By Wu Jianmin
Premier Wen Jiabao clarified China's stance on the so-called "Group of Two" (G2) at the China-EU summit on May 20, 2009: "It is impossible for a couple of countries or a group of big powers to resolve all global issues. Multipolarization and multilateralism represent the larger trend and the will of people," Wen stressed, "Some say that world affairs will be managed solely by China and the United States. I think that view is baseless and wrong."
Wen's speech was the first open statement signaling China's attitude toward the G2, an attitude that has attracted widespread attention and positive responses throughout the world.
Last year Fred Bergsten, director of the Peterson Institute for International Economics, again reiterated his views on G2 in the Foreign Affairs. He is one of the principal adherents to the idea of bi-polar Sino-US hegemony. Some mainstream US strategists and scholars went on to give their support to his position. As a result the G2 statement triggered worldwide contention. Europe and Japan became very worried and openly expressed their concern at several international conferences that US-EU relations and US-Japan relations might be undermined by increasingly close Sino-US ties. A number of developing countries also expressed their doubts about this statement.
But in my view, one cannot view new emerging ideas on international affairs in a simplistic fashion. More importantly one should analyze the background to and the reasons for such new ideas. Only in this way can we better understand why such ideas have been put forward.
On December 25, 1991, the disintegration of the USSR heralded the end of the cold war. Some westerners were delighted as they thought that their position of influence would no longer be subject to any challenge. But following the end of the cold war, developments in the new world order departed from their expectations. The United States launched the so called "war on terror" which led to the severe confrontation between Christian civilization and Islamic civilization. The "democratization" wave advocated by the west brought only turmoil and conflict in many regions.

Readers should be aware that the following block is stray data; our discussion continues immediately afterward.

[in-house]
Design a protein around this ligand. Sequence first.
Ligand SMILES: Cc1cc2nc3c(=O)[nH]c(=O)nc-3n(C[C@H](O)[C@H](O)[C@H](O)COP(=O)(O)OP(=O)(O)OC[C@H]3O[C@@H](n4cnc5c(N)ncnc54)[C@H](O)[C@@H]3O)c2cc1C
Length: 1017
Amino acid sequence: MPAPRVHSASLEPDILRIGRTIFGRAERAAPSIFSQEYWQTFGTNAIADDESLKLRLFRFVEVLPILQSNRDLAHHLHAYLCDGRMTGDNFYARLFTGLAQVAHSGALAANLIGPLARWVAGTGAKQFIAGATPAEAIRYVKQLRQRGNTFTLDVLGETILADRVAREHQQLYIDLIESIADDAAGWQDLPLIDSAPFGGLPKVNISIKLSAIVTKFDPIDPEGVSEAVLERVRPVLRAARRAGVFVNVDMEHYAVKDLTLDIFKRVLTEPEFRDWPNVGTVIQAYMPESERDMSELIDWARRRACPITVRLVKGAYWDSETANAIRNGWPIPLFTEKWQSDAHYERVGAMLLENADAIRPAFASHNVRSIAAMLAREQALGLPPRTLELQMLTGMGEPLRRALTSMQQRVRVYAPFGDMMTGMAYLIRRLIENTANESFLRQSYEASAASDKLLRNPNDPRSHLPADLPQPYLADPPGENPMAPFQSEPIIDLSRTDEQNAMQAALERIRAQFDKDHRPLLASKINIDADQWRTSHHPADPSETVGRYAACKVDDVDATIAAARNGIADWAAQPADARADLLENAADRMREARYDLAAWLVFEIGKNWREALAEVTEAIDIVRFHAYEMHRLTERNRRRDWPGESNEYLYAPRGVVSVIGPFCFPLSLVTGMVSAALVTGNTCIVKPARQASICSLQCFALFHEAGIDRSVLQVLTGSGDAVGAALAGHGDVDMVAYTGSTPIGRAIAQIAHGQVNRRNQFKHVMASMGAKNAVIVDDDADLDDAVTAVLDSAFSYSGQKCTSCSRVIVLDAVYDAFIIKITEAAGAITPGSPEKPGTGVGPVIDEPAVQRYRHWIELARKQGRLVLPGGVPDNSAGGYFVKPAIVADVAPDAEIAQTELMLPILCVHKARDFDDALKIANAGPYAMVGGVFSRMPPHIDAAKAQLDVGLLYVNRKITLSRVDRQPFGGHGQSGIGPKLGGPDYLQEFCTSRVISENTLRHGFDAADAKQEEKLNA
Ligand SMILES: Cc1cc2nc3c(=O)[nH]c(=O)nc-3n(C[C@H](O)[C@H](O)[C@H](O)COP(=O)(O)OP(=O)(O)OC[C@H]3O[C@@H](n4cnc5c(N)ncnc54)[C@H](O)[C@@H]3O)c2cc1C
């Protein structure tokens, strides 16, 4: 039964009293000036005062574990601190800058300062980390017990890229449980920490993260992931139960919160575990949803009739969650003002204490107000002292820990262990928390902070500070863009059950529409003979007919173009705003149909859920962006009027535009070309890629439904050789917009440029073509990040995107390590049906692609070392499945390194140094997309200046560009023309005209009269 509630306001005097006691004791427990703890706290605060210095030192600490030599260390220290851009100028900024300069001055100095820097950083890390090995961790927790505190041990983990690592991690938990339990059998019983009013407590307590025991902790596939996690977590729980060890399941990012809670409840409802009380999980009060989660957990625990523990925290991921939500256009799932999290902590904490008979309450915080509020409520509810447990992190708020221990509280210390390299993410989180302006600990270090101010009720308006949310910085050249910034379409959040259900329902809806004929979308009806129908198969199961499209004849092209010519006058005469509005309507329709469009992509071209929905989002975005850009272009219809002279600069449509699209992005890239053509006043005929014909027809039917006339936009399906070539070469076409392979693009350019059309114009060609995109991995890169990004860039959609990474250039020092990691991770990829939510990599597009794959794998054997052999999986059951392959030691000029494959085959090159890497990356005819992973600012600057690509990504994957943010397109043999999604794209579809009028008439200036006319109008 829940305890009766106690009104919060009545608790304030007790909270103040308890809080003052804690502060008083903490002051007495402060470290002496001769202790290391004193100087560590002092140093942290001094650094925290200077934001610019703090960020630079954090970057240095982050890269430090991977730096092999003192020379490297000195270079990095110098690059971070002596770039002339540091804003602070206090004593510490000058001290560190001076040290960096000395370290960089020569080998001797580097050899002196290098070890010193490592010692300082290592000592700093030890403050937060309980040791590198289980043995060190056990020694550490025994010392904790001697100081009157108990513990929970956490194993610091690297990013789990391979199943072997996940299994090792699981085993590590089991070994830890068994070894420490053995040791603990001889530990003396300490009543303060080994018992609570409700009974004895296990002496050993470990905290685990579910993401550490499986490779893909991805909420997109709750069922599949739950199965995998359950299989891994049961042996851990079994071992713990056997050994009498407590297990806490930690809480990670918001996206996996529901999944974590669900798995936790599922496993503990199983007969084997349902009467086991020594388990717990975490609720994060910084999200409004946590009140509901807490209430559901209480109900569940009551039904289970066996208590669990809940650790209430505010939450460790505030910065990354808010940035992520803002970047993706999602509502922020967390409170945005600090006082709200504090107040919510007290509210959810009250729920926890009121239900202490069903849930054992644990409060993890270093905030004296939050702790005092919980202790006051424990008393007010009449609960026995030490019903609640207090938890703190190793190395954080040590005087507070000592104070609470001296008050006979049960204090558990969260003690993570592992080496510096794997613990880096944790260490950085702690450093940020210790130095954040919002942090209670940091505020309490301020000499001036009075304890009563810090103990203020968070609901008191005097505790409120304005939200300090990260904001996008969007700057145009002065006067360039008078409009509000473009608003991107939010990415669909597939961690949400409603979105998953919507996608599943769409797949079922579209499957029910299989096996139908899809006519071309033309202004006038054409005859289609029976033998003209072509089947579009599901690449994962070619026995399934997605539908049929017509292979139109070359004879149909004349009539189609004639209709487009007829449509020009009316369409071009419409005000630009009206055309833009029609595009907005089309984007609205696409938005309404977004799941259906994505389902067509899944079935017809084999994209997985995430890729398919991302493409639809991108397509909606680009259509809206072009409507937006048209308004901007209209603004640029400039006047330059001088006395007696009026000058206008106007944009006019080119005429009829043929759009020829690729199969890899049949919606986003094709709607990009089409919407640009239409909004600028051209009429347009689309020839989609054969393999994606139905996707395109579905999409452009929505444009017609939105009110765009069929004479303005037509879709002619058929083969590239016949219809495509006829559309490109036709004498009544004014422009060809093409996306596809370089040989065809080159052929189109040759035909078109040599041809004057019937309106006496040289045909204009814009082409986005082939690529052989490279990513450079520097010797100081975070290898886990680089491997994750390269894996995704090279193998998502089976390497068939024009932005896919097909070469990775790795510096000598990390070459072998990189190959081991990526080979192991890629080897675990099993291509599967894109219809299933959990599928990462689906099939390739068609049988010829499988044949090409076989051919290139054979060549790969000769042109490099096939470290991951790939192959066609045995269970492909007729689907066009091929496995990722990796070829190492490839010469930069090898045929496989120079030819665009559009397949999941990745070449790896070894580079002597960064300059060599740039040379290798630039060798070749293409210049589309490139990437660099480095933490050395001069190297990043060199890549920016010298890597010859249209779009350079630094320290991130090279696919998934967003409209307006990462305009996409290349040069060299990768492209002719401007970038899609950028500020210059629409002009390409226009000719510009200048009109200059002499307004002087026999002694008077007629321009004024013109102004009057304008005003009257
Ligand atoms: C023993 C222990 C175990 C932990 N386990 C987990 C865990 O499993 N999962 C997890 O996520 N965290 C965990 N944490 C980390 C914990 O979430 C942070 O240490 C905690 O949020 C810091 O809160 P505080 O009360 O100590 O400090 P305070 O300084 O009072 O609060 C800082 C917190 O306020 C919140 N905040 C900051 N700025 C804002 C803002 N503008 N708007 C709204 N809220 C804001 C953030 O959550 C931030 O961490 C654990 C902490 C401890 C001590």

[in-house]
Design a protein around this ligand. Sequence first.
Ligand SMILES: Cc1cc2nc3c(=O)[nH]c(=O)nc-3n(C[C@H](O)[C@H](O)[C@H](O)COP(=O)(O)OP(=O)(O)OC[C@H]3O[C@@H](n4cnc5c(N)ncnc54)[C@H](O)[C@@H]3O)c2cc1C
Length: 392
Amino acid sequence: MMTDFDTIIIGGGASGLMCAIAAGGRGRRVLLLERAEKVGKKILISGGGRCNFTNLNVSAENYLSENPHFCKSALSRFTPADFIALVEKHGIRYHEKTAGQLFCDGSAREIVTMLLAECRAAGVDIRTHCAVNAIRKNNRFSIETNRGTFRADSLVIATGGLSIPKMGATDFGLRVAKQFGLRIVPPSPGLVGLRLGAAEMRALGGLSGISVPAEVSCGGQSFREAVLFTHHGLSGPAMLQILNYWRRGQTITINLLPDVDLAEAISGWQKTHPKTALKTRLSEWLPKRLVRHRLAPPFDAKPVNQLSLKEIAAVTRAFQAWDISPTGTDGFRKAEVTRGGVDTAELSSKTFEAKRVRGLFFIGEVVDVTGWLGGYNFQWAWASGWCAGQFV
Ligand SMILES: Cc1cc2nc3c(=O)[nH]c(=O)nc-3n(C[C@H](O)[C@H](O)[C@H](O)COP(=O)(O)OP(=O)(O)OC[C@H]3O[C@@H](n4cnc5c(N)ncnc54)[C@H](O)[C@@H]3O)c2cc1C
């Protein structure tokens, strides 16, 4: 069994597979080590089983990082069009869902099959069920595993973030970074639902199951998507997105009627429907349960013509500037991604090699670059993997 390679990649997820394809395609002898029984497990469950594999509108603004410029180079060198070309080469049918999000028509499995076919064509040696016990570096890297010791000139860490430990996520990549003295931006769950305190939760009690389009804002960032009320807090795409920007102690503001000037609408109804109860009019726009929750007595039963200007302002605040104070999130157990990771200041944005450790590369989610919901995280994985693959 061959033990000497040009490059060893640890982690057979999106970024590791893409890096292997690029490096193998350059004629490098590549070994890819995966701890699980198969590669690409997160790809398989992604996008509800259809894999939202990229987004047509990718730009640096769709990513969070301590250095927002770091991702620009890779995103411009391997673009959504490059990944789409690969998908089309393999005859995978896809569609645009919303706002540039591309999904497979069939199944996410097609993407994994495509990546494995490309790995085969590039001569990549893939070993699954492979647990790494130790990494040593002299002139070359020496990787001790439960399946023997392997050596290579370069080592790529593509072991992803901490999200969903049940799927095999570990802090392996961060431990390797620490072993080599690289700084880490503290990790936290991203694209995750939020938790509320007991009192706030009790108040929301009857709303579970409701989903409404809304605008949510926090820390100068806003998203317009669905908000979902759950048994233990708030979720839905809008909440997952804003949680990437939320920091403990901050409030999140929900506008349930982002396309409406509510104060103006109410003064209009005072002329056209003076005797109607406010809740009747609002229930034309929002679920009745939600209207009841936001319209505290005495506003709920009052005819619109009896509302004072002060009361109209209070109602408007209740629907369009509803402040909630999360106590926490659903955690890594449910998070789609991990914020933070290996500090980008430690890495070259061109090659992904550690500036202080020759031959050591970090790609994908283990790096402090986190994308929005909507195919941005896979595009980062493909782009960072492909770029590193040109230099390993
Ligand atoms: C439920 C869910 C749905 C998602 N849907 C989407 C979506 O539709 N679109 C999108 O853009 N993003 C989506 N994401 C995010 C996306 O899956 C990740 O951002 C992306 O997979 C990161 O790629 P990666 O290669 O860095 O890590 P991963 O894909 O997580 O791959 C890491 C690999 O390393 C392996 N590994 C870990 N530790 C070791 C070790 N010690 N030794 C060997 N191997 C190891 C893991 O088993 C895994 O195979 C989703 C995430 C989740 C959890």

After the cold war, one evident and notable trend was the rise of a number of countries through reform and opening up. This rise of the developing countries is the most remarkable event of the 21st century and it is going to change the face of the 21st century. China is a prominent representative of the rising developing countries. And like other newly emerging countries, China is going to play a bigger role and to exert greater influence in world affairs.
The emergence of the G2 statement has to be considered against the above-mentioned background. It is different from the so-called "united federation of democratic nations". Over the last few years, many eminent scholars and some of the best brains in the US and Europe have criticized the "united federation of democratic nations" because they believed that it would split the world and provoke a new cold war.
People's views of international trends are usually closely connected with history. Today's world has evolved from the bipolar world. The thought that big powers dominate the world and strong powers decide the fate of weaker ones has become ingrained in many people's minds. However, the world is undergoing profound changes and the zero sum game epoch is coming to its end. China has always insisted that world affairs shall be jointly decided by all nations, no matter how big or small, strong or weak, rich or poor. This is just what Premier Wen meant when he stressed the importance of multipolarization and multilateralism.
We do not aspire to govern the world along with the United States. But we must recognize that Sino-US relations are the most important bilateral relations in China's diplomacy. Our policy is to push forward Sino-US relations along a healthy and stable path in this new era.
China and the US are two of the world's most influential and important countries. Further strengthening of Sino-US cooperation in line with principles agreed by both sides will benefit not only the two countries but also the world at large. European and Japanese worries about the development of Sino-US relations are unnecessary, something that can be attested by the history of the past 30 years. The development of Sino-US relations over that period has caused no harm to Europe and Japan – indeed both have benefited from closer Sino-US ties.
The author is the former Chinese ambassador to France and now honorary president of the International Exhibitions Bureau.
(China.org.cn translated by Zhang Ming'ai, May 26, 2009)